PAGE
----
A Glimpse of Conservation History Along the Highway
So who among us has seen historical markers along highways? Most of us! But how many have seen markers celebrating a moment in conservation history? Well, now you can.
Last month a new marker was placed by the Virginia Department of Historic Resources in Goochland County commemorating the first donation of a conservation easement to the Virginia Outdoors Foundation — in June 1968. The easement on a 104 acre property owned by James M. Ball, Jr. was also the first recorded conservation easement in the Commonwealth.
Thanks to Parker Agelasto, Executive Director of the Capital Region Land Conservancy, for bringing this bit of conservation history to our attention. Parker notes: “While merely a sign along the side of the road to some passersby, I trust all of you will see the incredible benefit of acknowledging our 50-year history of land conservation in Virginia and the visionary leadership of individuals like Mr. Ball. In a letter from FitzGerald Bemiss dated January 21, 1969, he writes to Mr. Ball that the ‘Commission (of Outdoor Recreation) is aware that you were the original pioneer of this idea (open space easement). It took someone who was both generous and capable of taking the long view to make this move and to set an example which others will increasingly understand and want to follow. All of us on the Commission want to express our gratitude and respect for this great contribution, not only to our immediate area but to the whole State.'”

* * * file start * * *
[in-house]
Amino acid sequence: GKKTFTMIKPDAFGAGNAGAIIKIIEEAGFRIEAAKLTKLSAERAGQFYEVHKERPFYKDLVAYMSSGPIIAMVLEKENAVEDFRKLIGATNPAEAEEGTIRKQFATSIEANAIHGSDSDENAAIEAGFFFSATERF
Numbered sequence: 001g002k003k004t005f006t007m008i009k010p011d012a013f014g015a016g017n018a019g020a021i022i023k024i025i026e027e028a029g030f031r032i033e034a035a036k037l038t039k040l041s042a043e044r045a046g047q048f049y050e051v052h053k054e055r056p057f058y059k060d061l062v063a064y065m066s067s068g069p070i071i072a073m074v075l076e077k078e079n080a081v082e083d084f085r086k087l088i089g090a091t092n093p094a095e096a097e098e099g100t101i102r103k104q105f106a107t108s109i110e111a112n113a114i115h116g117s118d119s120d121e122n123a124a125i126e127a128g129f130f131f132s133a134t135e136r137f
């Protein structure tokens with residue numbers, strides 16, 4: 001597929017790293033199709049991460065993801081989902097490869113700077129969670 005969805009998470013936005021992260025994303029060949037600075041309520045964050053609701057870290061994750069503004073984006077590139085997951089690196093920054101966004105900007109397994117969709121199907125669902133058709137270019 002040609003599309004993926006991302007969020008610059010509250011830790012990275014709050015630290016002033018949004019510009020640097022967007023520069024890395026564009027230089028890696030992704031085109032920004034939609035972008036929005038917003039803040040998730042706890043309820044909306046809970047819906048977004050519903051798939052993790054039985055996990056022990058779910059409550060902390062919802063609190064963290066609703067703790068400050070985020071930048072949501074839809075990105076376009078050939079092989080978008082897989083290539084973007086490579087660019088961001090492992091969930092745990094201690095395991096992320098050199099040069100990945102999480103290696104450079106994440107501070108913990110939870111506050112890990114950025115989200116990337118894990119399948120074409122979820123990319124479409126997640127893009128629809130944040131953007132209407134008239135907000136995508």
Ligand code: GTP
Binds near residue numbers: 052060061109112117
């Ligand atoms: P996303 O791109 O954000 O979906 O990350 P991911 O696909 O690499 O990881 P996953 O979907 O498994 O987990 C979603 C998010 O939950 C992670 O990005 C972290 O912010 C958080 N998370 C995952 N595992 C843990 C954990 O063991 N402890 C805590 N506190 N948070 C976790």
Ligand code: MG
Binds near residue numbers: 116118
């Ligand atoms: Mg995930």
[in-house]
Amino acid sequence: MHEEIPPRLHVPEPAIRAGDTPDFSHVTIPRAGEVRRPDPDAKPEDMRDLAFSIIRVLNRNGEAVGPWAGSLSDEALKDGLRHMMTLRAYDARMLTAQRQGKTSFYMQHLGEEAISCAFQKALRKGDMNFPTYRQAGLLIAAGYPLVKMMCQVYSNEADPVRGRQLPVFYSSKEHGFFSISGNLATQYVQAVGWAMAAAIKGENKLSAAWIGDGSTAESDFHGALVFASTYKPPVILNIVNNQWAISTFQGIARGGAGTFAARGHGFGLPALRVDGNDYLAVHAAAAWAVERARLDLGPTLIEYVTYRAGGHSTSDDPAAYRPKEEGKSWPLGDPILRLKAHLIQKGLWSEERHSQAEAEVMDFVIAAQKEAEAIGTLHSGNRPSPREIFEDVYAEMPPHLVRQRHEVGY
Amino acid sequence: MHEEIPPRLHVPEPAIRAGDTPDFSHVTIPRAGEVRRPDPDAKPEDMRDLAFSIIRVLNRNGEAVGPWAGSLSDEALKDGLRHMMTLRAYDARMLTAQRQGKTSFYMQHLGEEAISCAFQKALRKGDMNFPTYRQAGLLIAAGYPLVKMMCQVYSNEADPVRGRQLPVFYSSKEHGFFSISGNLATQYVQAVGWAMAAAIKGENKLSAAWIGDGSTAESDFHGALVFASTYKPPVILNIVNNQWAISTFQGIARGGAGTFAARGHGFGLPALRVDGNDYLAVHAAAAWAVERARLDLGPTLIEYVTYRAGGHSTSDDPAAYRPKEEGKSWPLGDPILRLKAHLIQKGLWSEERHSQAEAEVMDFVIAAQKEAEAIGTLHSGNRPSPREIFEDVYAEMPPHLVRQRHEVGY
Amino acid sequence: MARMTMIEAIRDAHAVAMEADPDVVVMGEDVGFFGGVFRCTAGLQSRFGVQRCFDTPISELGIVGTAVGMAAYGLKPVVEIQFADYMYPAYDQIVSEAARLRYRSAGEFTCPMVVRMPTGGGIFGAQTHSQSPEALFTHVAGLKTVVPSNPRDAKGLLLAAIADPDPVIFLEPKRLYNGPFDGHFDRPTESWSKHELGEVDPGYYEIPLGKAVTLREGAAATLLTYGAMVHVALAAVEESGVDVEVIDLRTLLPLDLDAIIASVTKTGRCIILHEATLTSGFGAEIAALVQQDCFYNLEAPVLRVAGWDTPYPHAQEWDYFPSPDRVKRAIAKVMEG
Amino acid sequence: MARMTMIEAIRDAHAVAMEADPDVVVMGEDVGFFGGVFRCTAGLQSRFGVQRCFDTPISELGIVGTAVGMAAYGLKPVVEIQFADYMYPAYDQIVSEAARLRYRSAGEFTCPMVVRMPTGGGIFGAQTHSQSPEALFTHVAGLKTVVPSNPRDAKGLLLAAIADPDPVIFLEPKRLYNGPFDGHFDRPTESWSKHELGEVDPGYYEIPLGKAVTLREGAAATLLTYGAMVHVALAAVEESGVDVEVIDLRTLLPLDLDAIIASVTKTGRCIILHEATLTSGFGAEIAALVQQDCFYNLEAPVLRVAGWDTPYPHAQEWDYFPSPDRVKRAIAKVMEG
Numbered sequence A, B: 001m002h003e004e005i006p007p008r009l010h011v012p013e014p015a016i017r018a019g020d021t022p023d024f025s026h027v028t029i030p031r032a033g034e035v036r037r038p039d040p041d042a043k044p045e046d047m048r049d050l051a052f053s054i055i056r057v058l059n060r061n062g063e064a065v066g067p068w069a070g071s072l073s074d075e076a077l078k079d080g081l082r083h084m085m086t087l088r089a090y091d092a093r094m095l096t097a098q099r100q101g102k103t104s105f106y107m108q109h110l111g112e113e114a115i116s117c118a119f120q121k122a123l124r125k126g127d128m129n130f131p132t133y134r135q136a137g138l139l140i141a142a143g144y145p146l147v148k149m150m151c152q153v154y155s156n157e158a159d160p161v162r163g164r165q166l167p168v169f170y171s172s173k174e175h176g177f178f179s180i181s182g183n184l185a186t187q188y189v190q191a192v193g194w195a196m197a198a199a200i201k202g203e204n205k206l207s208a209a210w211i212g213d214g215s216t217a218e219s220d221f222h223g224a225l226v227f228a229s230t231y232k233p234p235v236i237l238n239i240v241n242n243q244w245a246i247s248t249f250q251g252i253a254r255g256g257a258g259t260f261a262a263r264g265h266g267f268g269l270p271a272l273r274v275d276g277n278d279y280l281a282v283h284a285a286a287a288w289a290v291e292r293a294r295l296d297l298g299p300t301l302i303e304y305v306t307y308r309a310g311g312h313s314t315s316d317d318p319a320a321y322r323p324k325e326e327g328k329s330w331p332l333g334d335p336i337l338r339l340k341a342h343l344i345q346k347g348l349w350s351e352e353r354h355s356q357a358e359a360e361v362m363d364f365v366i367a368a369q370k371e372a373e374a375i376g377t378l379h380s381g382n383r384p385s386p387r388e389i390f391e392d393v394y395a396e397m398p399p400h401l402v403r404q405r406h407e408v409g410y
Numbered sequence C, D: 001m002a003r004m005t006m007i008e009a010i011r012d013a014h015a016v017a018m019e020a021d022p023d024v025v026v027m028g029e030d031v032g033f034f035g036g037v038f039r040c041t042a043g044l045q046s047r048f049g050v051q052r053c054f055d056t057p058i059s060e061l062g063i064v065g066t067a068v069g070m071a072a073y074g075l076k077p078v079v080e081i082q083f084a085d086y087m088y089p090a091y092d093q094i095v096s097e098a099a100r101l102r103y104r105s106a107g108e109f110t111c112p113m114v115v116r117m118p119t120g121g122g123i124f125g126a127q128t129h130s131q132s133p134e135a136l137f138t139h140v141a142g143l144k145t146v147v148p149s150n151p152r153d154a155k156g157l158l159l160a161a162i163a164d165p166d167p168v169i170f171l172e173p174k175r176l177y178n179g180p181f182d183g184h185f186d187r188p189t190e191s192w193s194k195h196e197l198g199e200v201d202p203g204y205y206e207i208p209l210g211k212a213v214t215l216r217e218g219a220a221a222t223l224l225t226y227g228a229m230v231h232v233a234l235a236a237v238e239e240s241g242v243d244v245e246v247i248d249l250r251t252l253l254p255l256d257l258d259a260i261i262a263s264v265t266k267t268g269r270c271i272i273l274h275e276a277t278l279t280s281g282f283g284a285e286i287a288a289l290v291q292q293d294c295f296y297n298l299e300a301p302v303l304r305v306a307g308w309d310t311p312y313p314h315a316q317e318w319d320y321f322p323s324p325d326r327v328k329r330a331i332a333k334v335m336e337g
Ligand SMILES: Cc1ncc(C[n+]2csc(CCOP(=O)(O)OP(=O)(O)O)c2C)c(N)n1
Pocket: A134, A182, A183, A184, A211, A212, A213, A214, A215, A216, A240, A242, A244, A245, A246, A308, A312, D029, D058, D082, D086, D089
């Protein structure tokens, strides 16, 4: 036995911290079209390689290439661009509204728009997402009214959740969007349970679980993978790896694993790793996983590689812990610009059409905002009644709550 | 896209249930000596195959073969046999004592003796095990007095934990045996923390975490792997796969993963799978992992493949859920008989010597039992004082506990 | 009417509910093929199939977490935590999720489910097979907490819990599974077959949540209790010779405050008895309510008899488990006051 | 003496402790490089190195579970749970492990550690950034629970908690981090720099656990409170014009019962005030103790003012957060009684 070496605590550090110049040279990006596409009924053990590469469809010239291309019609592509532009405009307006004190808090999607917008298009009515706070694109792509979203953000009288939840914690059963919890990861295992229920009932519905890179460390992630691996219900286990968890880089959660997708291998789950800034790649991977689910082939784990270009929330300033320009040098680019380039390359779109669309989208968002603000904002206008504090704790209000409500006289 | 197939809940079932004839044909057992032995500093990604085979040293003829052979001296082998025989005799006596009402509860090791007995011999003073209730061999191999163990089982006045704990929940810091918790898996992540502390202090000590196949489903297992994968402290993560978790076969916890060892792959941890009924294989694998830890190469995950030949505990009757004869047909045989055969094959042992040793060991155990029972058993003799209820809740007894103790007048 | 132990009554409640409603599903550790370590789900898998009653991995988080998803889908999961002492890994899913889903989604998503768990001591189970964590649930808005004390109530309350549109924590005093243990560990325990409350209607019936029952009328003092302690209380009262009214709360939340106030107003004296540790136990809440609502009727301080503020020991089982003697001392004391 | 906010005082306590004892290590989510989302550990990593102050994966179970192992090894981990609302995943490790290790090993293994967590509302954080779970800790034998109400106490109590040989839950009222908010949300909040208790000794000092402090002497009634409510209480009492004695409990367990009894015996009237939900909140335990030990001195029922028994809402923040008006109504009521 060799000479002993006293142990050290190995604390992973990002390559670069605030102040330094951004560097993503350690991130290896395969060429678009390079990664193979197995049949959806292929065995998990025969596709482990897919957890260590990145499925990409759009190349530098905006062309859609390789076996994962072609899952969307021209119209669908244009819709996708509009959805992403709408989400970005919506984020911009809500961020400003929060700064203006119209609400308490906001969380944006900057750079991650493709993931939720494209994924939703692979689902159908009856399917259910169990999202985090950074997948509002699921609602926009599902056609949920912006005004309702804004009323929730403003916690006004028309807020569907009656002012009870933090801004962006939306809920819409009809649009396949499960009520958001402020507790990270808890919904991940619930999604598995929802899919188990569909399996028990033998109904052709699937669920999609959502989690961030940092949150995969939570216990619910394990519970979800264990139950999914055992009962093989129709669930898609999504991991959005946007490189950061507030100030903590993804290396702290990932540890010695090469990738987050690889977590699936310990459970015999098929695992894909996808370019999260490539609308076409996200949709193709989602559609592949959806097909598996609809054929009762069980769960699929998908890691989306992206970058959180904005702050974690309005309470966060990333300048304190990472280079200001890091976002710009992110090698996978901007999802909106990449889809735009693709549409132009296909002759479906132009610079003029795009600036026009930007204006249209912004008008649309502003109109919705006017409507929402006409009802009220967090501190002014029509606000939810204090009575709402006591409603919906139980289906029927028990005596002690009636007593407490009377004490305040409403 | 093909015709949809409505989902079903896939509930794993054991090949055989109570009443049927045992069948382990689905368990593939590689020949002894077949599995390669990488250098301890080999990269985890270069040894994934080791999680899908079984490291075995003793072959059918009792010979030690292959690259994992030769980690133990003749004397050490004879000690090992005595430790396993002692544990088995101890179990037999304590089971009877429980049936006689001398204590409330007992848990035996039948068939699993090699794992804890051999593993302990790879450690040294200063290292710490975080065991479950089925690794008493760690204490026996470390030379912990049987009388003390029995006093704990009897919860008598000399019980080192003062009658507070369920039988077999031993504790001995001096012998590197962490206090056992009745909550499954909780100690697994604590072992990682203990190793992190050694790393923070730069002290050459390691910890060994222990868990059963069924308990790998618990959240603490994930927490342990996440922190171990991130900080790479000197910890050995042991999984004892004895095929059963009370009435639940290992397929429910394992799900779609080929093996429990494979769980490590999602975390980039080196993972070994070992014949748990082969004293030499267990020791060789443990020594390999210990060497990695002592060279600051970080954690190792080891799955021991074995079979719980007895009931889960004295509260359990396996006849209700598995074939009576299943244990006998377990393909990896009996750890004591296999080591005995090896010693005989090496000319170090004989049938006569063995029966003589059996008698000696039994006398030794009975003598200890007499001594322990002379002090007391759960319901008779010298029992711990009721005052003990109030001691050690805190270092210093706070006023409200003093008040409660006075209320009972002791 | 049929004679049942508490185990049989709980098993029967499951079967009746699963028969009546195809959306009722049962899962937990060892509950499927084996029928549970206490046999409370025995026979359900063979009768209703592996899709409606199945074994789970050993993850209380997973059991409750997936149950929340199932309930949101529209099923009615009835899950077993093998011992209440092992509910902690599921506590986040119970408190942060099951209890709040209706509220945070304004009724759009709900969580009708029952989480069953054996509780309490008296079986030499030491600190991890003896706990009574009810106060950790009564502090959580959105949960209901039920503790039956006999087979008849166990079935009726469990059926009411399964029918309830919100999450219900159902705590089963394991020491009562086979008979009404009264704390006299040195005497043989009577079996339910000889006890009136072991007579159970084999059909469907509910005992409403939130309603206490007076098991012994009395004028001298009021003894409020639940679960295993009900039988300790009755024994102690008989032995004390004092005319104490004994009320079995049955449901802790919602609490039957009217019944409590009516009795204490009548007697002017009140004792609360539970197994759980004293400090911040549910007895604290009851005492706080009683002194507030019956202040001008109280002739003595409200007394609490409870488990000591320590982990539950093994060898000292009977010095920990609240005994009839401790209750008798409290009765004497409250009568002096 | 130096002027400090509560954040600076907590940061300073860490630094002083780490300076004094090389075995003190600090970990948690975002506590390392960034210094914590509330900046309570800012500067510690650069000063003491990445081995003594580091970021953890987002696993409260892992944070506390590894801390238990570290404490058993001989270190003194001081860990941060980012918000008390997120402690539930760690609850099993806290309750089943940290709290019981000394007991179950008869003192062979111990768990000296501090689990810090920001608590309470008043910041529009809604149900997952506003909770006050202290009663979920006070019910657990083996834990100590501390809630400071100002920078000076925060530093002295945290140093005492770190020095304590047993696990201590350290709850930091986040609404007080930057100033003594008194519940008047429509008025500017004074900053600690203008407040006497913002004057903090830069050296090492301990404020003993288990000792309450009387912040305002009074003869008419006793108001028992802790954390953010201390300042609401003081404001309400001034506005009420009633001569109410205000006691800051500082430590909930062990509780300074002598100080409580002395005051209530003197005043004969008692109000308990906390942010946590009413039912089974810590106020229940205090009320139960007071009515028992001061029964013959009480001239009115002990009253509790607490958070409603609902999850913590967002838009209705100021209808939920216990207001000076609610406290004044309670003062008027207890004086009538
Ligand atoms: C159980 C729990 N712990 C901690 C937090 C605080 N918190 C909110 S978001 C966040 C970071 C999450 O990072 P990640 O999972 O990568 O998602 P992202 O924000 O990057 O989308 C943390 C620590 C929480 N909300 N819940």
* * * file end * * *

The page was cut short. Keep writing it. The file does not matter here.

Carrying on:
Today, the Virginia Outdoors Foundation, a member of the Chesapeake Conservation Partnership, protects nearly 850,000 acres in 109 counties, the vast majority through conservation easements. This makes VOF one of the largest land conservation organizations in the nation. But, it all began with one individual making a donation. And the importance of individual action for conserving our quality of life continues to a driving force of land conservation today.